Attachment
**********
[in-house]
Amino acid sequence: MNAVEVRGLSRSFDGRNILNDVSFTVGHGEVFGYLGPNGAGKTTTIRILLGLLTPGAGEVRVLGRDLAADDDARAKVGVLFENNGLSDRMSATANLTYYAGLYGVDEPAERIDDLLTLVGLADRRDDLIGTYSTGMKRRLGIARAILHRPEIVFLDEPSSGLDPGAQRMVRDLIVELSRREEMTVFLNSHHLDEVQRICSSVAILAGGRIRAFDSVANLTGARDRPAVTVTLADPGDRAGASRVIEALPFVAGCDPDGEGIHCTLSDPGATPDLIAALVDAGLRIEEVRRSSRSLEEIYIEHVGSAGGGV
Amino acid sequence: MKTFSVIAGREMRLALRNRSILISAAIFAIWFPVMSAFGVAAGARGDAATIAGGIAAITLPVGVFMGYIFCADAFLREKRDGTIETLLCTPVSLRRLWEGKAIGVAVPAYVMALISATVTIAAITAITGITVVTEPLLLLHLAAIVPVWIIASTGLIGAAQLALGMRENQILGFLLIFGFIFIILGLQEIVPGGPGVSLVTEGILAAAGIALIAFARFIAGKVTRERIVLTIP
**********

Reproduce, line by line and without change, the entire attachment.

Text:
[in-house]
Amino acid sequence: MNAVEVRGLSRSFDGRNILNDVSFTVGHGEVFGYLGPNGAGKTTTIRILLGLLTPGAGEVRVLGRDLAADDDARAKVGVLFENNGLSDRMSATANLTYYAGLYGVDEPAERIDDLLTLVGLADRRDDLIGTYSTGMKRRLGIARAILHRPEIVFLDEPSSGLDPGAQRMVRDLIVELSRREEMTVFLNSHHLDEVQRICSSVAILAGGRIRAFDSVANLTGARDRPAVTVTLADPGDRAGASRVIEALPFVAGCDPDGEGIHCTLSDPGATPDLIAALVDAGLRIEEVRRSSRSLEEIYIEHVGSAGGGV
Amino acid sequence: MKTFSVIAGREMRLALRNRSILISAAIFAIWFPVMSAFGVAAGARGDAATIAGGIAAITLPVGVFMGYIFCADAFLREKRDGTIETLLCTPVSLRRLWEGKAIGVAVPAYVMALISATVTIAAITAITGITVVTEPLLLLHLAAIVPVWIIASTGLIGAAQLALGMRENQILGFLLIFGFIFIILGLQEIVPGGPGVSLVTEGILAAAGIALIAFARFIAGKVTRERIVLTIP